Everything you ever wanted to know about Tiger Stadium

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The Society for American Baseball Research does a lot of things, but one of the coolest things it does is to host the indispensable Baseball BioProject.  These are no small bio-blurbs. They are painstakingly researched essays on the life and playing times of the game’s most significant players and events.

And stadiums. Like the latest entry by Scott Ferkovich on Tiger Stadium, which is all kinds of fabulous. All kinds of fun nuggets, like this:

Old-time Detroit baseball fans, who fondly remember Tiger Stadium’s green wooden slat-back seats, may be surprised to learn that Navin Field’s original seats — all 23,000 of them — were painted yellow. One feature that remained constant throughout the entire 87-year history of the park was the 125-foot-high flagpole in deep center, made distinctive because it was in the field of play.

And the flagpole is still there. Or a flagpole. Not sure. Kind of cool, though.

Anyway, great reading for anyone interested in the grand old ballparks, the Tigers or baseball history in general.

Phillies, Red Sox interested in Carlos Santana

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The Phillies and Red Sox appear intent on pursuing free agent first baseman Carlos Santana, MLB Network’s Jon Morosi reports. Santana rejected a one-year, $17.4 million qualifying offer from the Indians on Thursday and is expected to draw widespread interest on the market this winter. The Mets, Mariners, Angels and Indians could make a play for the infielder, though no serious offers have been made this early in the offseason.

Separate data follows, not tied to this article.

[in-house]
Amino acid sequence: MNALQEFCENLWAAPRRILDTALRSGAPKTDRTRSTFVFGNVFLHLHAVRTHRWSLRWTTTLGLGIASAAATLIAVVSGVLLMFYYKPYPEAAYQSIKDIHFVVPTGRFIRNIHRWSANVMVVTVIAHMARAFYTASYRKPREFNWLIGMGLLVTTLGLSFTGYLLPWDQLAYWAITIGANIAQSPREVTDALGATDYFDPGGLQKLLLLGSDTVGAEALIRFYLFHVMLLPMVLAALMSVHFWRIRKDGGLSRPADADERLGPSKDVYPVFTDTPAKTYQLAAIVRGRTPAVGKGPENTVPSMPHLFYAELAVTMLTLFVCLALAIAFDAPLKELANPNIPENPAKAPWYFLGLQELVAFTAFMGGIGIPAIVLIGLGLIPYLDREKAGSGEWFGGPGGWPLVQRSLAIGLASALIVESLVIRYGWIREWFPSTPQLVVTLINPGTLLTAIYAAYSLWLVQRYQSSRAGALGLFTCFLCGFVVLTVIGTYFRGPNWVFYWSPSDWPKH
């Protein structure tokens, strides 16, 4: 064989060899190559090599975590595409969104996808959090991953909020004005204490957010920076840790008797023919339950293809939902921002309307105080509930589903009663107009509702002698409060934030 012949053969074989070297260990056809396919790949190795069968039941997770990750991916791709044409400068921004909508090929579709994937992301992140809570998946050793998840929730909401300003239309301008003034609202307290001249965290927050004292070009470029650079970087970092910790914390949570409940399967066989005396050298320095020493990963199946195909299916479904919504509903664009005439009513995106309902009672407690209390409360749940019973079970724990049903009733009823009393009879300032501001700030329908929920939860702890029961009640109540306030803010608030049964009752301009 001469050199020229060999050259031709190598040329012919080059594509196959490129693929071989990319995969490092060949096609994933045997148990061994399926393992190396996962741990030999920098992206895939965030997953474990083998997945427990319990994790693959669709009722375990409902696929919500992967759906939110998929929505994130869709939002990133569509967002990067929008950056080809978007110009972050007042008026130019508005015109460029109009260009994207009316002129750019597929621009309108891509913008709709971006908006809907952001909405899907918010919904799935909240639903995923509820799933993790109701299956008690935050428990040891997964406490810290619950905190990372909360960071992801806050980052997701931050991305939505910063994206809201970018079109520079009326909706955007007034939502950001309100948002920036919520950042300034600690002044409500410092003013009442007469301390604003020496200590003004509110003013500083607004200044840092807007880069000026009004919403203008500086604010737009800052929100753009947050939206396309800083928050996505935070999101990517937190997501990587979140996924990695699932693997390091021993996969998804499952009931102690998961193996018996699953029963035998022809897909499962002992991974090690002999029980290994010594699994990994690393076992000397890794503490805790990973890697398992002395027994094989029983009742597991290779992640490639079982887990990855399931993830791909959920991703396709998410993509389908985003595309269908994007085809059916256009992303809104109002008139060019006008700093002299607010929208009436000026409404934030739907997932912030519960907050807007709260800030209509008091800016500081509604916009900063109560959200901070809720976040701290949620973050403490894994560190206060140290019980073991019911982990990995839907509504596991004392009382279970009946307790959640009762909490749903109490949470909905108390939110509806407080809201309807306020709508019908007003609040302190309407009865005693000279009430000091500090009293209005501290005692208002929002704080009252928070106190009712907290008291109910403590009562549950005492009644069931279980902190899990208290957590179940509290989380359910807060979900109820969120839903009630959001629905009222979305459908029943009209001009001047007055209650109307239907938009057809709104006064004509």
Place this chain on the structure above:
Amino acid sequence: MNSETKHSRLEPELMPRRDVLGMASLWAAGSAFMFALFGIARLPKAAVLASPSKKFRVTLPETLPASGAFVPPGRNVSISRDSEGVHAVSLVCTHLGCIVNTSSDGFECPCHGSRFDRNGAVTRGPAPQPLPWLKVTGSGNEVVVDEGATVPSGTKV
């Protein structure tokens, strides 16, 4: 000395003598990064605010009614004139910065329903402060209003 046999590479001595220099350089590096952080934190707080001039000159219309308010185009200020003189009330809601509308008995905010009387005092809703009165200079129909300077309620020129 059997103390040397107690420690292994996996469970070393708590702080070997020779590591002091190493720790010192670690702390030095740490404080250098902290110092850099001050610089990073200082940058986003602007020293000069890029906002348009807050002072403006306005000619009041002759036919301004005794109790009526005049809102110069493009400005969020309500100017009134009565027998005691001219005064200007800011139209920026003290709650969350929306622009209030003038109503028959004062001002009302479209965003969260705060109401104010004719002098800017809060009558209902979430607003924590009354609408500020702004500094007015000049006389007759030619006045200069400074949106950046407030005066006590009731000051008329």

Santana, 31, is coming off of a seven-year track with the Indians. He batted .259/.363/.455 with 23 home runs and 3.0 fWAR last season, making 2017 the fourth-most valuable year of his career to date. Although he was primarily stationed at first base over the last year, he could step back into a hybrid first base/DH role with the Red Sox, who are hurting for infield depth with Hanley Ramirez still working his way back from shoulder surgery.

As for Santana’s other suitors, the Mariners are far less likely to pursue a deal after trading for Ryon Healy last Wednesday. Neither the Mets nor the Phillies have a DH spot to offer the veteran infielder, and the Phillies’ Rhys Hoskins appears to be blocking the way at first base. Then again, Santana may not find a more enticing offer outside of Cleveland, where Edwin Encarnacion might otherwise be the club’s best option at first base. During the GM meetings, Indians’ GM Mike Chernoff said he “love to have both [Santana and Jay Bruce] back” in 2018, but hasn’t backed up that love with any contract talks just yet.